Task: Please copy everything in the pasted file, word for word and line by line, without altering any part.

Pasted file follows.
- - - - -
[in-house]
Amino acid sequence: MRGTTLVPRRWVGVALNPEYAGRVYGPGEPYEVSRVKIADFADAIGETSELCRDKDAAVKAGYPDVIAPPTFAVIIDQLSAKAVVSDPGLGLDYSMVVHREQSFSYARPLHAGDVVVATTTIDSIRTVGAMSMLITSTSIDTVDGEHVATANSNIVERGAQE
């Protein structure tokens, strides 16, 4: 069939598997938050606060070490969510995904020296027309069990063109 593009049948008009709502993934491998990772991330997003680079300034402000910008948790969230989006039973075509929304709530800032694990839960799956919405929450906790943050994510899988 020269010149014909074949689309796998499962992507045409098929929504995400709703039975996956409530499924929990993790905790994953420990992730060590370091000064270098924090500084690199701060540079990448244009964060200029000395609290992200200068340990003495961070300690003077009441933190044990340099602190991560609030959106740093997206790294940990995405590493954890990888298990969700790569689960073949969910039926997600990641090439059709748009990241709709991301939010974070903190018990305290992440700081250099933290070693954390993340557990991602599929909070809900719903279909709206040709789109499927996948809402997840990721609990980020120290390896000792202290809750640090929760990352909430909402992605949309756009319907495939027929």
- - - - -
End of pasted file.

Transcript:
[in-house]
Amino acid sequence: MRGTTLVPRRWVGVALNPEYAGRVYGPGEPYEVSRVKIADFADAIGETSELCRDKDAAVKAGYPDVIAPPTFAVIIDQLSAKAVVSDPGLGLDYSMVVHREQSFSYARPLHAGDVVVATTTIDSIRTVGAMSMLITSTSIDTVDGEHVATANSNIVERGAQE
């Protein structure tokens, strides 16, 4: 069939598997938050606060070490969510995904020296027309069990063109 593009049948008009709502993934491998990772991330997003680079300034402000910008948790969230989006039973075509929304709530800032694990839960799956919405929450906790943050994510899988 020269010149014909074949689309796998499962992507045409098929929504995400709703039975996956409530499924929990993790905790994953420990992730060590370091000064270098924090500084690199701060540079990448244009964060200029000395609290992200200068340990003495961070300690003077009441933190044990340099602190991560609030959106740093997206790294940990995405590493954890990888298990969700790569689960073949969910039926997600990641090439059709748009990241709709991301939010974070903190018990305290992440700081250099933290070693954390993340557990991602599929909070809900719903279909709206040709789109499927996948809402997840990721609990980020120290390896000792202290809750640090929760990352909430909402992605949309756009319907495939027929």